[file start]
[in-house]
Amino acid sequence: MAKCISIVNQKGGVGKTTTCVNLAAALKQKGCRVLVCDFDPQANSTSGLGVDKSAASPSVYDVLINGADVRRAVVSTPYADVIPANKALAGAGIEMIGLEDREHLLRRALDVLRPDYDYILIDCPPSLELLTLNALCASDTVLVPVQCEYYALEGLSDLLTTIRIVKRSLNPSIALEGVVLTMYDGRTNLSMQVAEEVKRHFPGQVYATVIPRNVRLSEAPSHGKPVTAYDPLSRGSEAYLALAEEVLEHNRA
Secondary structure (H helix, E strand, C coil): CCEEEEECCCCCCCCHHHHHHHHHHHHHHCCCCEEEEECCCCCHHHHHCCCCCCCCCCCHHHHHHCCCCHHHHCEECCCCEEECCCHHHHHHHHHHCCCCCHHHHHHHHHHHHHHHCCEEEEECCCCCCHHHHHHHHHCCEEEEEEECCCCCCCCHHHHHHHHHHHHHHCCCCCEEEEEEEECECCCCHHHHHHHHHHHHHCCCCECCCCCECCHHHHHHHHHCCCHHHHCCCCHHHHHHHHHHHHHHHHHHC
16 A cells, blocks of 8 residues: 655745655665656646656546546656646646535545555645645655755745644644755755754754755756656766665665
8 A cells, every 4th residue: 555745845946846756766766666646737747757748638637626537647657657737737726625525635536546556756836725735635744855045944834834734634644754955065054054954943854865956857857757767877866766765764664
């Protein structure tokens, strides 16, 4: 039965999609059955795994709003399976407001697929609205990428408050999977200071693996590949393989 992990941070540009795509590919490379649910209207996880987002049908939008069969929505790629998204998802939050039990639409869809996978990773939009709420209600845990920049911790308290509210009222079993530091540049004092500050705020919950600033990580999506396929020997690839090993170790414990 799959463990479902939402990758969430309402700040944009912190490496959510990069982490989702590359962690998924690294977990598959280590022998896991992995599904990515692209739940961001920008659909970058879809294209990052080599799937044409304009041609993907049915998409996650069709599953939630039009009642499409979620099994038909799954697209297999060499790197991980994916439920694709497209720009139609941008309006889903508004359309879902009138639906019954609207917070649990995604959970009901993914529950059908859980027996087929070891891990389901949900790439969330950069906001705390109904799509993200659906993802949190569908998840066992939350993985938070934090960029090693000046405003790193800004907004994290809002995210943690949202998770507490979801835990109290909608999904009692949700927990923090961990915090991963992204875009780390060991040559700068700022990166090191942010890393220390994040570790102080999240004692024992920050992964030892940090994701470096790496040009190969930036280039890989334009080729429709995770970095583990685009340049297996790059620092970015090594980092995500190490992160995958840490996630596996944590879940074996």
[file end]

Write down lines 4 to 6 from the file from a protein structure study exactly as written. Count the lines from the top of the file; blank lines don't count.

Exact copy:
16 A cells, blocks of 8 residues: 655745655665656646656546546656646646535545555645645655755745644644755755754754755756656766665665
8 A cells, every 4th residue: 555745845946846756766766666646737747757748638637626537647657657737737726625525635536546556756836725735635744855045944834834734634644754955065054054954943854865956857857757767877866766765764664
């Protein structure tokens, strides 16, 4: 039965999609059955795994709003399976407001697929609205990428408050999977200071693996590949393989 992990941070540009795509590919490379649910209207996880987002049908939008069969929505790629998204998802939050039990639409869809996978990773939009709420209600845990920049911790308290509210009222079993530091540049004092500050705020919950600033990580999506396929020997690839090993170790414990 799959463990479902939402990758969430309402700040944009912190490496959510990069982490989702590359962690998924690294977990598959280590022998896991992995599904990515692209739940961001920008659909970058879809294209990052080599799937044409304009041609993907049915998409996650069709599953939630039009009642499409979620099994038909799954697209297999060499790197991980994916439920694709497209720009139609941008309006889903508004359309879902009138639906019954609207917070649990995604959970009901993914529950059908859980027996087929070891891990389901949900790439969330950069906001705390109904799509993200659906993802949190569908998840066992939350993985938070934090960029090693000046405003790193800004907004994290809002995210943690949202998770507490979801835990109290909608999904009692949700927990923090961990915090991963992204875009780390060991040559700068700022990166090191942010890393220390994040570790102080999240004692024992920050992964030892940090994701470096790496040009190969930036280039890989334009080729429709995770970095583990685009340049297996790059620092970015090594980092995500190490992160995958840490996630596996944590879940074996």